A storage house

Like all buildings found on the traditional Norwegian farm, the stabbur had a clear purpose: it was a building designed for the storage of food.

The stabbur would typically consist of one or two floors – and was elevated from the ground – standing on what could be described as stilts or pillars – made of wood or stone. Often, these pillars would be shaped in a certain way – or have a wide stone slate on top – preventing mice and other rodents from finding their way in. For the same reason, there would be a gap between the outside stairs – and the building itself.

The stabbur comes in many shapes and sizes. For the most part, it is instantly recognisable.

What kind of food was stored in the stabbur?

As the stabbur would not be entirely protected against frost in the winter, the food stored here had to tolerate low temperatures. More often than not there would be no windows in the stabbur walls. This was to make sure that it was as cool as possible during the summer – and not too cold during the winter.

If the building had two floors, then flour and salt, barrels of pork in brine, and smoked or salted meat often were stored on the ground floor. The unground grain was usually kept on the top floor.

Through his novels, the author Jacob Breda Bull paints images of nature and daily life in the old farming communities. In his book Eline Vangen – set in Rendalen in Østerdalen – he writes about the farmer, Trond, walking through his stabbur one autumn day. A house filled to the brim with all the food that the farm could provide. They were ready for the long winter ahead. Among other things, there was plenty of butter and cheese, brought down from the summer dairy farm in the mountains.

Lock and key

As one of the few on the old farm, the stabbur door was usually equipped with a sturdy lock. The key was carried by the mistress of the farm – as a symbol of her position.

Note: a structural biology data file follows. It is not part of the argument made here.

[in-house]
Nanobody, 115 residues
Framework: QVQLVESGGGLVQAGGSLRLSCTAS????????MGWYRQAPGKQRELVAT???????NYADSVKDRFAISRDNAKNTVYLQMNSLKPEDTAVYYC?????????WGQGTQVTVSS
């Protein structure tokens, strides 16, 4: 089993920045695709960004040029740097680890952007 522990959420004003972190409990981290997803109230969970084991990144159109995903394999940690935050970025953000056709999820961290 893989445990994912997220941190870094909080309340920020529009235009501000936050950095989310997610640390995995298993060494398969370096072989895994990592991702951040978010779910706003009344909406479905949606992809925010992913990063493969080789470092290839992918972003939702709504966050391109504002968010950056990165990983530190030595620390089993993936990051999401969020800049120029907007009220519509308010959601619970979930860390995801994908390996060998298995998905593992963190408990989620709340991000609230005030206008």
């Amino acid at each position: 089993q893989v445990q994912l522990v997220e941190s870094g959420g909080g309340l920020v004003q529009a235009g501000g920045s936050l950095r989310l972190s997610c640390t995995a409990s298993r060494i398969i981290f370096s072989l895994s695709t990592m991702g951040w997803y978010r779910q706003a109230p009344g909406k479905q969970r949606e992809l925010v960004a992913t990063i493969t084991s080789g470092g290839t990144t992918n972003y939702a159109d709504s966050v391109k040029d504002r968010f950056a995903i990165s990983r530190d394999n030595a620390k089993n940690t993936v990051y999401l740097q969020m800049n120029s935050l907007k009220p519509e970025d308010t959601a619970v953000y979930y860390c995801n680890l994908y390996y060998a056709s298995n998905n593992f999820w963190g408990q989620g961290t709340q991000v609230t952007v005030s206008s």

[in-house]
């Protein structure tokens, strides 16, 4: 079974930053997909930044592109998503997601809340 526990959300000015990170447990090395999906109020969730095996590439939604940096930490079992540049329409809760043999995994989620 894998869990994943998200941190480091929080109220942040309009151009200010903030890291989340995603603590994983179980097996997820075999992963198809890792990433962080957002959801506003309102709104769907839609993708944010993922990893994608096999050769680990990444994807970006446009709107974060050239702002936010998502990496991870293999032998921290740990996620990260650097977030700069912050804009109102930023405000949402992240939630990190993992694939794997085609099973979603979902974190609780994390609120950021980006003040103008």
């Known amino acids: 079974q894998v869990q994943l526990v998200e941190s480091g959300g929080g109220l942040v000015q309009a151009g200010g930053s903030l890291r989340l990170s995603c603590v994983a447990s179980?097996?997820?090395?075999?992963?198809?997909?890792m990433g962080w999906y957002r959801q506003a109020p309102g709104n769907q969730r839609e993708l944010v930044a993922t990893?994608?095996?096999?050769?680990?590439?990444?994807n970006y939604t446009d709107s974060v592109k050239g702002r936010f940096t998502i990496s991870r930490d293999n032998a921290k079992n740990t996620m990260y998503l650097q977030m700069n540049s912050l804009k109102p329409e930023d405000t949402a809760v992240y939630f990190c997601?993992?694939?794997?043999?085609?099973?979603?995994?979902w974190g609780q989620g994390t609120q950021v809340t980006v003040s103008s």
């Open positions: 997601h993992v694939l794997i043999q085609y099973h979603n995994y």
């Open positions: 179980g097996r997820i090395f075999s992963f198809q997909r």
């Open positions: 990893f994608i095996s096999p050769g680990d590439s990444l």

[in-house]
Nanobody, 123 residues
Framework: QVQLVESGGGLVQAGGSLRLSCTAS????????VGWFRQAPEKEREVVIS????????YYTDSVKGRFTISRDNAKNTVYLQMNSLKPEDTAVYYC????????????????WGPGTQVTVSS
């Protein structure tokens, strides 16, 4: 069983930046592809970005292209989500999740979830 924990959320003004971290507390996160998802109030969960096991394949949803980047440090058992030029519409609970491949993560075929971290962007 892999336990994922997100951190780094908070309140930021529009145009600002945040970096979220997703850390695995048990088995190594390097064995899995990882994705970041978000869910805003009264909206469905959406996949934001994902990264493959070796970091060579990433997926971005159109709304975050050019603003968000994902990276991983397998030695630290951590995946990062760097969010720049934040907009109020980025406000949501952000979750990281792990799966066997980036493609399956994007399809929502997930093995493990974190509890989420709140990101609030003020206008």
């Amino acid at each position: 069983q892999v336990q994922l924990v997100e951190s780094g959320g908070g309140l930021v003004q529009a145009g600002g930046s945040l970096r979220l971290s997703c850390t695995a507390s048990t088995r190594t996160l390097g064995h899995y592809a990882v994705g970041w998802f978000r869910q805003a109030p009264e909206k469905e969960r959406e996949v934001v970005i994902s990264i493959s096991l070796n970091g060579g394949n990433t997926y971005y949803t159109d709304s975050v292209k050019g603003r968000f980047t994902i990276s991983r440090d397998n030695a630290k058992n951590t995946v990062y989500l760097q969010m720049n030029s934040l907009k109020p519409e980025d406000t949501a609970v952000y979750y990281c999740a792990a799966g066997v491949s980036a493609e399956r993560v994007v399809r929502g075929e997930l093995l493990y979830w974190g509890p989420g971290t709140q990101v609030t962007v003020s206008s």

The Gulating law

The stabbur is mentioned as early as in the 900s, in the Gulating law. The stabbur was one of three buildings that a tenant farmer would have to make sure was in top shape, whenever ending his tenancy. The other two houses were the residential farmhouse and the wash house (eldhuset or bryggerhuset).

The Gulating law also said that if you came across a man in your stabbur – someone who had stolen from you – then you could strike him dead if you so wished. A brutal entry emphasising people’s need and right to protect their vital food supply.

The bell tower

Finding a bell tower at the top of the stabbur roof was not typical for all parts of Norway – but you would see them in many places. More so on the larger farms of the community. The bell was mainly there for practical purposes – but for some, it also had an element of prestige.

The bell was used to call the land-workers back home for food and rest – and sometimes to mark that the midday rest was over.

The following interesting pattern – showing how the bell was used – comes from the farm Holstad in Ås, Akershus, Norway. It says a lot about the daily rhythm on the farms in earlier times.

The working day would generally begin at 06:00. The first bell of the day would be at 08.00 when it called the workers back in for breakfast. The bell also tolled at 11.30 for dinner – and then again between 13.00 to 13.30, arousing the workers from their midday rest. Later it called them home for some food at 16:00 – and then lastly to mark the end of the working day at 19.00.

The bell was usually only used during spring, summer and autumn. For many, the first sound of the bell was a cherished sign of spring.

Recommended read: The old Norwegian farm – the tradition of summer pasture

Sources: “Vår gamle bondekultur 1” by Kristoffer Visted and Hilmar Stigum – J.W.Cappelens Forlag 1971, | “Matklokka” by Andreas Ropeid – Norsk etnologisk gransking, 1985. | “Eline Vangen” by Jacob Breda Bull – Gyldendal Norsk Forlag 1937. | wikipedia.org.

Main photo: The stabbur at Søre Mykstu (Veslemykstu) farm, Rollag, Buskerud. | Photo: Mahlum – wikimedia.org – Public domain.